Remembering the British deserters of World War One

Thirty-five days into the First World War, Private Thomas Highgate, a 17-year-old farmhand, became the first British soldier to be executed for desertion.

During the Battle of Mons, Highgate fled the frontline. He hid in a barn in the nearby village of Tournan, a few miles south of the river, and was discovered wearing civilian clothes and asleep by a gamekeeper. He reportedly told the man: “I have had enough of it, I want to get out of it and this is how I am going to do it.’

He was court-martialled and found guilty the following day. Highgate did not speak and was not represented during his trial. He was told, at 6.22am, that he was to be put to death: “At once, as publicly as possible.” A firing squad was prepared and, by 7.07am, Highgate was dead.

The burial place of his body was never released. He was the only son of a farm labourer from Oxbourne Farm in the Kent village of Shoreham. In 2000, Shoreham’s parish council voted not to include his name on its war memorial. Today, he has no known grave, and his name does not appear on the village plaque.

Highgate was one of 306 British or Commonwealth soldiers executed after being court-martialled for cowardice or desertion during that war.

Chlloe Dewe Mathews, the London-based photographer and former winner of the British Journal of Photography’s International Photography Award, set out to find the places those soldiers fell.

“As I stand in the 4am darkness, at the edge of an empty field in Flanders, I know that there is an absurdity to what I’m doing,” Chloe says. “Why am I searching for an event that took place 100 years ago? Why am I scrutinising the landscape when I know what I’m looking for is long gone?”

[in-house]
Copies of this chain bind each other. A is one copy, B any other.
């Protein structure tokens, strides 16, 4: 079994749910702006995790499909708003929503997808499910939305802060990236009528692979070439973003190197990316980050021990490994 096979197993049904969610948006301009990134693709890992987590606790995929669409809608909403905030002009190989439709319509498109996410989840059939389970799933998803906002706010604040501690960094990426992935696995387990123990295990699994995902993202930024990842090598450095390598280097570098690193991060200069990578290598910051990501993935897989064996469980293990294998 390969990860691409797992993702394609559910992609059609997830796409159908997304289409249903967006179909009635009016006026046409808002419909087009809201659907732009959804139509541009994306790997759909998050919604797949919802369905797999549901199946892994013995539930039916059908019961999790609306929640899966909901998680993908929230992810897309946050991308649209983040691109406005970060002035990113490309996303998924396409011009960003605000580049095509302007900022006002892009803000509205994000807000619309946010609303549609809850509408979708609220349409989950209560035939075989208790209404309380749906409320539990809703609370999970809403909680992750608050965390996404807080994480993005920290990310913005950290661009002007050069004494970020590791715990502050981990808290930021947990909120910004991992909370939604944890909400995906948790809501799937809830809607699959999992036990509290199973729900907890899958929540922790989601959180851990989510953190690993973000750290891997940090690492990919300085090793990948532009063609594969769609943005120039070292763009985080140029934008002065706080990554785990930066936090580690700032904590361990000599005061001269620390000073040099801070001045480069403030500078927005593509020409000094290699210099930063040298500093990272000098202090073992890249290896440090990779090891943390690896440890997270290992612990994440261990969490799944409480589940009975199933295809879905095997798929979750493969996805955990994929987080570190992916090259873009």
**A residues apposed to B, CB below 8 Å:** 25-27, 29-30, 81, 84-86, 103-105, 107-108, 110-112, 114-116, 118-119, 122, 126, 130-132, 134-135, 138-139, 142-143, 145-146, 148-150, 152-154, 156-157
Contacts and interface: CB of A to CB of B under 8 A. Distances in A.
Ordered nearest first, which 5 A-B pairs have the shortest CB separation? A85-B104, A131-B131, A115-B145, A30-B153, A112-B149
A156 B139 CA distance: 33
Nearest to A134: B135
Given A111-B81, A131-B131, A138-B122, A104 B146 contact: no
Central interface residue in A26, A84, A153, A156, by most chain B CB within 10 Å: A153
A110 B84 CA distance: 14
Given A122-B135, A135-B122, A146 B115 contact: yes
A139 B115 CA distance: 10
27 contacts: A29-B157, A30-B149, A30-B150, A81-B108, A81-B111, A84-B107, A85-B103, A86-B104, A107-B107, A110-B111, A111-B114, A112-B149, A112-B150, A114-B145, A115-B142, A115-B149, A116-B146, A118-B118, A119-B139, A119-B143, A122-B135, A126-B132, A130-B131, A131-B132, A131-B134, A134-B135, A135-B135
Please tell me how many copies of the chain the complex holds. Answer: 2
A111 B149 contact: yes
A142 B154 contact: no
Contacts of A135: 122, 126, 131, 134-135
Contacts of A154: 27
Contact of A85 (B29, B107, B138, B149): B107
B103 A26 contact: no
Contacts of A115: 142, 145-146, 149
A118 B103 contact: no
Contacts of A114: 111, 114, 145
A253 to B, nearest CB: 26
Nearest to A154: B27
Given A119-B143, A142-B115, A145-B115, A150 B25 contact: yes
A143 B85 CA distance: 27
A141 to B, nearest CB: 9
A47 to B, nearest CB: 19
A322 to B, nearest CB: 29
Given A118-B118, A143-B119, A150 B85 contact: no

Driving from her home in Peckham, South-West London, to the battlefields of France and Flanders, Chloe spent two years collaborating with war historians, academics and old locals to find the execution sites. These places are unmarked, overgrown, seemingly incidental; a gently rising knoll, a wheat field, scrubland covered in daisies, a woodland glen, the back of a primary school, an old abattoir. She found holding cells where the condemned men waited for their death, with still legible messages scratched into the walls.

“I got up very early in the morning, in the darkness, to make my way to these places, setting up my tripod and waiting for the dawn, for the light to rise,” Chloe says. “That was the moment when I’d take the photograph.”

She soon realised: “I was setting up my tripod at about the same spot from where the firing squad had stood and looking directly at the place where the victim was placed.”

The photographs became Shot at Dawn, commissioned by the Ruskin School of Art at the University of Oxford as part of the commemorative series 14–18 NOW, published as a book in July and now exhibited at Tate Modern.